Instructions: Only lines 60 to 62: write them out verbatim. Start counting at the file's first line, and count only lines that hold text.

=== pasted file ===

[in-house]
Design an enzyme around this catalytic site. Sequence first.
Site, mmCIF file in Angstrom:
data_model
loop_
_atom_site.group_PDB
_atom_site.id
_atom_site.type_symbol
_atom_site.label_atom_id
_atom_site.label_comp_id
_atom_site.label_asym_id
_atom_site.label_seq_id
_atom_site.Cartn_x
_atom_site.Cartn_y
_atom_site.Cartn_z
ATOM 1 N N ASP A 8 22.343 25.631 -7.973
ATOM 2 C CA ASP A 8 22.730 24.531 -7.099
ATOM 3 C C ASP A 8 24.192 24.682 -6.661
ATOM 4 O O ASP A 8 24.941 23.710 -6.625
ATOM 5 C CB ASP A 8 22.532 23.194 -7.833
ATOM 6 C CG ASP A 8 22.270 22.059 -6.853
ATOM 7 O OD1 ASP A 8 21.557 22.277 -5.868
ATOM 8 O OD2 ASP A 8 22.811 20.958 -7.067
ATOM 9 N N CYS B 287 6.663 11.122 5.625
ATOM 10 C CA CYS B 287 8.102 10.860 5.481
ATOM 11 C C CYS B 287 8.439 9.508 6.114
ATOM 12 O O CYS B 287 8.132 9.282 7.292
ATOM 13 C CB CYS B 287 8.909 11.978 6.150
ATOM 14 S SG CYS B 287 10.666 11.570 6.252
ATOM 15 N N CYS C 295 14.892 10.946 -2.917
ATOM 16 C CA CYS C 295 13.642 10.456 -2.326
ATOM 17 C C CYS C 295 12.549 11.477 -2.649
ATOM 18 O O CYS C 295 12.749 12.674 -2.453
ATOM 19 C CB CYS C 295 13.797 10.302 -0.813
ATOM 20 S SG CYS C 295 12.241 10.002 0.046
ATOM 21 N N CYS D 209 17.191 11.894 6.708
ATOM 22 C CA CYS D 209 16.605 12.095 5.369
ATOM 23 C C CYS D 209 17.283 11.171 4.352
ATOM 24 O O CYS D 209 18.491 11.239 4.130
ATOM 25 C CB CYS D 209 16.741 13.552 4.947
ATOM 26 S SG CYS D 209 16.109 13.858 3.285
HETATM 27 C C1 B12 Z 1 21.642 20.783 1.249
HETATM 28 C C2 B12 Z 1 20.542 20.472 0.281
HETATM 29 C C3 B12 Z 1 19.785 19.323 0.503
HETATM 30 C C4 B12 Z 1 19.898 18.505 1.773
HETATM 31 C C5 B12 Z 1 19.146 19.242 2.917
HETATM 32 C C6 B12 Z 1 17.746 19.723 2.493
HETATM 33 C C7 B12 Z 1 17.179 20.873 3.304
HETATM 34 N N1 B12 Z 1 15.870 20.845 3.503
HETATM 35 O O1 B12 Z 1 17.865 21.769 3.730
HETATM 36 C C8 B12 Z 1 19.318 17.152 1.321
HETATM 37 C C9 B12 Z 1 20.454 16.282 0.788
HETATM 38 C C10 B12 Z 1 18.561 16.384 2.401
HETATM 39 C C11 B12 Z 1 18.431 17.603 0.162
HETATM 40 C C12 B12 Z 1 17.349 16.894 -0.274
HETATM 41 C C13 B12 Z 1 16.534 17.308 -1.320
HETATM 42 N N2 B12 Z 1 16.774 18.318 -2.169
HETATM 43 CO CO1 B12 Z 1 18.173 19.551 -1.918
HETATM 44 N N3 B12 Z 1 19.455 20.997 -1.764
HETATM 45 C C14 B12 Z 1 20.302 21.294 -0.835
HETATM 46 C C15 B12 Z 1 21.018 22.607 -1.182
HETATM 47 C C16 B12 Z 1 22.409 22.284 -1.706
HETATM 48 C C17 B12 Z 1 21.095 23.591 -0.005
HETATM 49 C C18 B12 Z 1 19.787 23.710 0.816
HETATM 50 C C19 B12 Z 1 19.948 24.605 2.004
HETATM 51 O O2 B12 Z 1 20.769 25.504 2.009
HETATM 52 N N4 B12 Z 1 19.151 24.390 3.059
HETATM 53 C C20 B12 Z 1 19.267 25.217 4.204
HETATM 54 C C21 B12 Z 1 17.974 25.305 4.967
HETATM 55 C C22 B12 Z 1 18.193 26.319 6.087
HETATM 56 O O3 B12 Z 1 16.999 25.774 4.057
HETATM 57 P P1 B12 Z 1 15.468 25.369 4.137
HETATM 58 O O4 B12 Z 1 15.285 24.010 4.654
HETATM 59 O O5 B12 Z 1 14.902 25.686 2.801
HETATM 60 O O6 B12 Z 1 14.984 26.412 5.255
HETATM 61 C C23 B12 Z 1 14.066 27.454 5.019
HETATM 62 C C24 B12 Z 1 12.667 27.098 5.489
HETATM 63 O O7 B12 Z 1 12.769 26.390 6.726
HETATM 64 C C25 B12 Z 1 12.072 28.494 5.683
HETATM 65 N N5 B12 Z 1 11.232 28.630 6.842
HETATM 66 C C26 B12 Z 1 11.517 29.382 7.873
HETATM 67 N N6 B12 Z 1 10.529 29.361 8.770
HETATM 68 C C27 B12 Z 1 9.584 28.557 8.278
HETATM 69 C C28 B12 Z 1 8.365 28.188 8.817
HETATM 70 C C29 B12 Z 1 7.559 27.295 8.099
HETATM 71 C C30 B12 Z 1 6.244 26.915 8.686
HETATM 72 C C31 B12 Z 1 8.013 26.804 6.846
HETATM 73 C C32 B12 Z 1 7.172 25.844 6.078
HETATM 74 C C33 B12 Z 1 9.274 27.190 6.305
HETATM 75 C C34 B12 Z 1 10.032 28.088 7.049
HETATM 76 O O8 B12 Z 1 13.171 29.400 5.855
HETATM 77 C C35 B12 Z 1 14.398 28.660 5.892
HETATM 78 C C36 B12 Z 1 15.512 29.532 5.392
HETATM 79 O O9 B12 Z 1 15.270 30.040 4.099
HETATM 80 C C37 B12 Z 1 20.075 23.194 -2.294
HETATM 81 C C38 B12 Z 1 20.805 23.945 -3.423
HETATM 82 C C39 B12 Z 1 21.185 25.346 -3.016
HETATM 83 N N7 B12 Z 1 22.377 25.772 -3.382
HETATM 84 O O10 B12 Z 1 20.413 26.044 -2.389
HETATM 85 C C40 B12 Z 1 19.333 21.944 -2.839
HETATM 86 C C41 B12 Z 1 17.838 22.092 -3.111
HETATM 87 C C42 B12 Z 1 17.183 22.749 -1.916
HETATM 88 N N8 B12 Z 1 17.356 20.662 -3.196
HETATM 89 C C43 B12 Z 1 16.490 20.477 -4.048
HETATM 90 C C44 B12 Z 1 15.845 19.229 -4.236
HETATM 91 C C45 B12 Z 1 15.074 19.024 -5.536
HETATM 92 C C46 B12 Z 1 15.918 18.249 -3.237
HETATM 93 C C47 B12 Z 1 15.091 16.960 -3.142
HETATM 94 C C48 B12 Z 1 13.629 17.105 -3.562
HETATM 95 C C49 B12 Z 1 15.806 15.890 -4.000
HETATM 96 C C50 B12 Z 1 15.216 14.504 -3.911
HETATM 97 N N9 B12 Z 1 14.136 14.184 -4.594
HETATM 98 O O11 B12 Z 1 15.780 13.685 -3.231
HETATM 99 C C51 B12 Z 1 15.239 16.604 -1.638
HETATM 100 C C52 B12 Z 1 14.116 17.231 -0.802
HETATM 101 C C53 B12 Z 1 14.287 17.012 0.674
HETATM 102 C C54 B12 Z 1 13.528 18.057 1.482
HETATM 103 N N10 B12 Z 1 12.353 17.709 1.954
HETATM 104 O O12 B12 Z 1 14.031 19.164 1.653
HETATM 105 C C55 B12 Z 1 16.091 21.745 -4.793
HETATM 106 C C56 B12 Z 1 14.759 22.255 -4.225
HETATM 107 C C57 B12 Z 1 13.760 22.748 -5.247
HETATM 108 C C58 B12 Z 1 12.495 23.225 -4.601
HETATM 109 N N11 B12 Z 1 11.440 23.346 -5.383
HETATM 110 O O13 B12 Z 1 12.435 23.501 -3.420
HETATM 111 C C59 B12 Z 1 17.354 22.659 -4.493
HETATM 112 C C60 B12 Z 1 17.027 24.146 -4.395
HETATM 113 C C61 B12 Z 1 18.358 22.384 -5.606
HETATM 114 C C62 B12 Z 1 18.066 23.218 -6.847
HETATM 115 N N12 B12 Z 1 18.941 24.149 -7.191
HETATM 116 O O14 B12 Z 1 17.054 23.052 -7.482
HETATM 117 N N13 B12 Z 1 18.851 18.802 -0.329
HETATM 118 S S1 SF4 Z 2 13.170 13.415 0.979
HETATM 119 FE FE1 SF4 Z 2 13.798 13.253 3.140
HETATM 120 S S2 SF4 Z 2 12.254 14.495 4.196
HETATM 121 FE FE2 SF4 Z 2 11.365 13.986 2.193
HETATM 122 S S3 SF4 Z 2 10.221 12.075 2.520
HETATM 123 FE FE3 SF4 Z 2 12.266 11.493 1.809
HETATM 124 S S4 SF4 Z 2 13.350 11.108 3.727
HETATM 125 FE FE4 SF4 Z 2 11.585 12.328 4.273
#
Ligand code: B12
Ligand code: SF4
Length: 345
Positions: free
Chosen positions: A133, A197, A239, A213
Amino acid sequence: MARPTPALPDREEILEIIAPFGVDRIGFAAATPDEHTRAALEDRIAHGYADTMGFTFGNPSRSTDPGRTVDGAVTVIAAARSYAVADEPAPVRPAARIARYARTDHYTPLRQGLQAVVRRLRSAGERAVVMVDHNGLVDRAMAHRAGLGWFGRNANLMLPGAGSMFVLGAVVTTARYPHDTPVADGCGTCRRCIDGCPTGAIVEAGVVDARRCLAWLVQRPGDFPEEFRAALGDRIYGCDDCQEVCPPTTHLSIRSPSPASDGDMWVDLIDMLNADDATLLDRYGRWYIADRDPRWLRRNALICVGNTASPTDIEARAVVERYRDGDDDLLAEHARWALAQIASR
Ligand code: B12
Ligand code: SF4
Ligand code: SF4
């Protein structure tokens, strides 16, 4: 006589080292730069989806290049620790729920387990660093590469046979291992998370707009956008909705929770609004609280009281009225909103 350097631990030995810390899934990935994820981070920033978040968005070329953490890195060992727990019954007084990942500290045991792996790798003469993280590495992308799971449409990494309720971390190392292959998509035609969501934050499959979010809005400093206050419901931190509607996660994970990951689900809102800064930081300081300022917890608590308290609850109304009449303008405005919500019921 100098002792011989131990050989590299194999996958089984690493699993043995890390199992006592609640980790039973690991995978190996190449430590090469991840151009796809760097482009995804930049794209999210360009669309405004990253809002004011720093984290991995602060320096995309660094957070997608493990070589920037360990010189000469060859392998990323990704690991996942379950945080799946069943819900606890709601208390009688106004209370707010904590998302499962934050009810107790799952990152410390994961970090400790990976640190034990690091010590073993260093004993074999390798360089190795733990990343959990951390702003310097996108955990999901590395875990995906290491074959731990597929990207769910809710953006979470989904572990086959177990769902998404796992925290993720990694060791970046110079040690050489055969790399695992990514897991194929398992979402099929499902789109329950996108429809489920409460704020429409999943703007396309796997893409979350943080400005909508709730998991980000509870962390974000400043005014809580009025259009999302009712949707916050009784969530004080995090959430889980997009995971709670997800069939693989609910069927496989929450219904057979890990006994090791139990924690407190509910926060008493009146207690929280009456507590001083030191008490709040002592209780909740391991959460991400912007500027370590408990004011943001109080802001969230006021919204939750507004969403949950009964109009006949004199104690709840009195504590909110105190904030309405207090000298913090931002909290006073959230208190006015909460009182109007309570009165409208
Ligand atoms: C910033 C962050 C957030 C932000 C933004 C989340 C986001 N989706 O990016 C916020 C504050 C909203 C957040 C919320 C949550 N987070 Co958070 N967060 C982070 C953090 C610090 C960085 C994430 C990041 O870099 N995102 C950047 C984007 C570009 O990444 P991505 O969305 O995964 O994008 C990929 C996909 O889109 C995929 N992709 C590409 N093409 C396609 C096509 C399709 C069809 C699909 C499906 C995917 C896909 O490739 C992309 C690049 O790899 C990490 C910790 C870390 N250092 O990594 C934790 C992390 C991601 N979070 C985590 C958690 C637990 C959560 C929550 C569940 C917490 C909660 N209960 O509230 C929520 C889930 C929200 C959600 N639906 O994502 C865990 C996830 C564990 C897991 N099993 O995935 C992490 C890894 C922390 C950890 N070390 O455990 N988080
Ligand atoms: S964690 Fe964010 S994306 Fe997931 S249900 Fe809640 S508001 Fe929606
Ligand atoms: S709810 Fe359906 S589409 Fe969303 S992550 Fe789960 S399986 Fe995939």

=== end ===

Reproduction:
HETATM 45 C C14 B12 Z 1 20.302 21.294 -0.835
HETATM 46 C C15 B12 Z 1 21.018 22.607 -1.182
HETATM 47 C C16 B12 Z 1 22.409 22.284 -1.706